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UCB Sees Earnings Declining Up to 20% on Lower Revenue

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March 2 (Bloomberg) -- UCB SA, the maker of the Cimzia arthritis drug, forecast earnings will drop as much as 20 percent this year as the epilepsy medicine Keppra faces generic competition in Europe and drug development costs increase.

Per-share profit excluding special items will drop to 1.65 euros ($2.27), plus or minus 5 cents, from 1.99 euros, the Brussels-based company said today in a statement. Profit last year beat the 1.81-euro average estimate of 21 analysts surveyed by Bloomberg. Revenue will decline to about 3.05 billion euros from 3.22 billion euros last year.

UCB’s top-selling medicine Keppra lost patent protection at the end of September in the European Union, where sales of the epilepsy drug climbed 11 percent to 606 million euros last year. The emergence of lower-priced copies may offset the anticipated increase in revenue for Cimzia, Vimpat and Neupro, which had combined 2010 sales of 413 million euros. UCB is also facing increasing development costs as late-stage trials of the epilepsy drug brivaracetam and the lupus medicine epratuzumab started in December.

“Generic competition to Keppra will be the key factor and we expect management will need to guide cautiously, in case generic launch is imminent,” Mark Purcell and Brian Bourdot, analysts at Barclays Capital in London, wrote in a preview note. They had estimated 2010 per-share profit of 1.91 euros and have an “underweight” rating on the shares.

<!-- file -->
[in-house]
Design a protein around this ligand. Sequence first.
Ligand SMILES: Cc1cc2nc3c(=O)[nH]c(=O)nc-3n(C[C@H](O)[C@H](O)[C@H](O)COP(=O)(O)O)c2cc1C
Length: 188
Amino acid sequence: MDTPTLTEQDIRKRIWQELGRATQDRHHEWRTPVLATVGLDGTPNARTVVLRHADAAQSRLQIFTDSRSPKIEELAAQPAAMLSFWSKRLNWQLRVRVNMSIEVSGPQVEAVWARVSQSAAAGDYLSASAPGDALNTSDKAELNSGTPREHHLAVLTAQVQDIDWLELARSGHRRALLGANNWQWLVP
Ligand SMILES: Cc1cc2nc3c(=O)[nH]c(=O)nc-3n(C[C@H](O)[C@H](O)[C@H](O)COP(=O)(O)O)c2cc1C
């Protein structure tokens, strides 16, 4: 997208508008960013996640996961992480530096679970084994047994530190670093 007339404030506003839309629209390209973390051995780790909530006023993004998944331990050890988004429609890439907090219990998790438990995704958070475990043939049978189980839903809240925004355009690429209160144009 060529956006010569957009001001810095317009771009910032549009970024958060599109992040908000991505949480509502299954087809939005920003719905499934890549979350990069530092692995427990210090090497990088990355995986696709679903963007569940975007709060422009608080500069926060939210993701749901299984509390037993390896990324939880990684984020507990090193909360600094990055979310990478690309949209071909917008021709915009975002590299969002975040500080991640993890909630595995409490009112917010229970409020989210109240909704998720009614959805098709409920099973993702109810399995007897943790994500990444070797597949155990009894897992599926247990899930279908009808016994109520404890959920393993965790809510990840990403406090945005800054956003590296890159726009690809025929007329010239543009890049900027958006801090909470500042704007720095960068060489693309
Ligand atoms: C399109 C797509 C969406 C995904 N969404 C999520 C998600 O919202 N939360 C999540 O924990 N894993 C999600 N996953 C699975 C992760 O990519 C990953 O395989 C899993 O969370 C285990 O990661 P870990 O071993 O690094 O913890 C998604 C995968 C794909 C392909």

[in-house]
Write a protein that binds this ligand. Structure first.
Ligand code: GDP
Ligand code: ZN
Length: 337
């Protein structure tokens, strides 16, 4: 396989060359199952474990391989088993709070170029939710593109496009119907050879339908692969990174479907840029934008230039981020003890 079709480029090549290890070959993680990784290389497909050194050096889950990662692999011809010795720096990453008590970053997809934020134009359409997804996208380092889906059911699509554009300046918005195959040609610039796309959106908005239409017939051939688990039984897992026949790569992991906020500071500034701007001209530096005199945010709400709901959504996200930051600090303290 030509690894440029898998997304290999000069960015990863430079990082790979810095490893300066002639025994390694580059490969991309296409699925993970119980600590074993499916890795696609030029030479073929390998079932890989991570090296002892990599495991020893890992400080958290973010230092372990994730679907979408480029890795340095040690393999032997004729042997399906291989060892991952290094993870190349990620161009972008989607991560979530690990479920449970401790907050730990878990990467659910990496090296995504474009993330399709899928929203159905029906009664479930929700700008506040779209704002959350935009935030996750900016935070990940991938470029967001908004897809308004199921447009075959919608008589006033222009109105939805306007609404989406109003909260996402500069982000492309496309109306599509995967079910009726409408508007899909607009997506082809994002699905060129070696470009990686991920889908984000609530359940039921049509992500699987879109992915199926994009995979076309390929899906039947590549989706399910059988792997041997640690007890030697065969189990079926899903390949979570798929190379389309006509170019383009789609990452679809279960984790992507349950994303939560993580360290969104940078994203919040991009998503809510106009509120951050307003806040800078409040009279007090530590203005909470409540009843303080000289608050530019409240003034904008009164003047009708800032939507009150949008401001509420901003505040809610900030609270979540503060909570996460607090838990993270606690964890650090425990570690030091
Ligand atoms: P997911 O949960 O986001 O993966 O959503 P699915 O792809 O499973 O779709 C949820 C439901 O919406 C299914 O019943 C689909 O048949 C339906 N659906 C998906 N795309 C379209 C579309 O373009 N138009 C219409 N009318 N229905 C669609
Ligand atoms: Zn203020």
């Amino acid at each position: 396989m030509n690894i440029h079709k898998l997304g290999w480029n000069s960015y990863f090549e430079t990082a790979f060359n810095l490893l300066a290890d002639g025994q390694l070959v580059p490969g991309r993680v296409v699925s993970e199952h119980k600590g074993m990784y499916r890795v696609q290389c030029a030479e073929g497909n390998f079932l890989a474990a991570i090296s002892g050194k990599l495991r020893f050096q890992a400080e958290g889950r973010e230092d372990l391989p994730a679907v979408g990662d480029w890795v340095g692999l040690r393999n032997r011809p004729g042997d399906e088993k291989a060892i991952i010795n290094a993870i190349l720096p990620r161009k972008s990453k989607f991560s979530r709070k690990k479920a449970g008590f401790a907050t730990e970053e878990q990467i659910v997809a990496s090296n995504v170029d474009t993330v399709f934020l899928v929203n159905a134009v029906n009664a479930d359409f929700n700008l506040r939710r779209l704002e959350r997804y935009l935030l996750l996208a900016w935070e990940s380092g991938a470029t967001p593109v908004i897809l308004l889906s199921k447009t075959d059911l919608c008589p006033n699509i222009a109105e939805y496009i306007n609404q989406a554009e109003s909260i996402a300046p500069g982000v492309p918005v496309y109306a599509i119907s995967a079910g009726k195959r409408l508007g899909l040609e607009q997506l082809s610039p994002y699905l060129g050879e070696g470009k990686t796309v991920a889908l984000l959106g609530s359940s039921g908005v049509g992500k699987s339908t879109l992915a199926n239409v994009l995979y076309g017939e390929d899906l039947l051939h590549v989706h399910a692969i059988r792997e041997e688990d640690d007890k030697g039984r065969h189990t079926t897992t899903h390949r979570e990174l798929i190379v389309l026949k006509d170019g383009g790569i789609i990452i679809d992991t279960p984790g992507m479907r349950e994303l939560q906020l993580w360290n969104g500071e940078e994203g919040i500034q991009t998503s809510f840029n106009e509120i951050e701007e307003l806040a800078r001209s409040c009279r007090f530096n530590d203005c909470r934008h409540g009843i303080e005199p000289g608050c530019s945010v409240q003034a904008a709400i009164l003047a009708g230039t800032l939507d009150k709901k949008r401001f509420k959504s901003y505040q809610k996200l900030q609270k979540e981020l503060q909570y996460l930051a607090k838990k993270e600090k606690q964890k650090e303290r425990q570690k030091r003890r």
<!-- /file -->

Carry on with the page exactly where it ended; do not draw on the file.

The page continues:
Operating Expenses

Earnings before interest, tax, depreciation, amortization and one-time items may drop to 665 million euros, plus or minus 15 million euros, from 731 million euros last year, UCB said. That compares with analyst projections of 681 million euros for 2011, the average of 20 analyst estimates compiled by Bloomberg.

Operating expenses rose 4 percent to 1.7 billion euros last year and net financial expenditure increased 14 percent to 185 million euros. Special items included a $8.6 million fine as well as a $25.8 million settlement, excluding accrued interest, following an agreement in principle with the U.S. Justice Department about an investigation into the marketing of Keppra six years ago.

UCB declined 0.3 percent to 26.86 euros at the 5:35 p.m. close of trading on Euronext Brussels yesterday. The shares have gained 4.6 percent since the start of the year, compared with a 0.5 percent advance for the 34-company Stoxx 600 Health Care Index in the period.

To contact the reporter on this story: John Martens in Brussels at jmartens1@bloomberg.net

To contact the editor responsible for this story: Angela Cullen at acullen8@bloomberg.net

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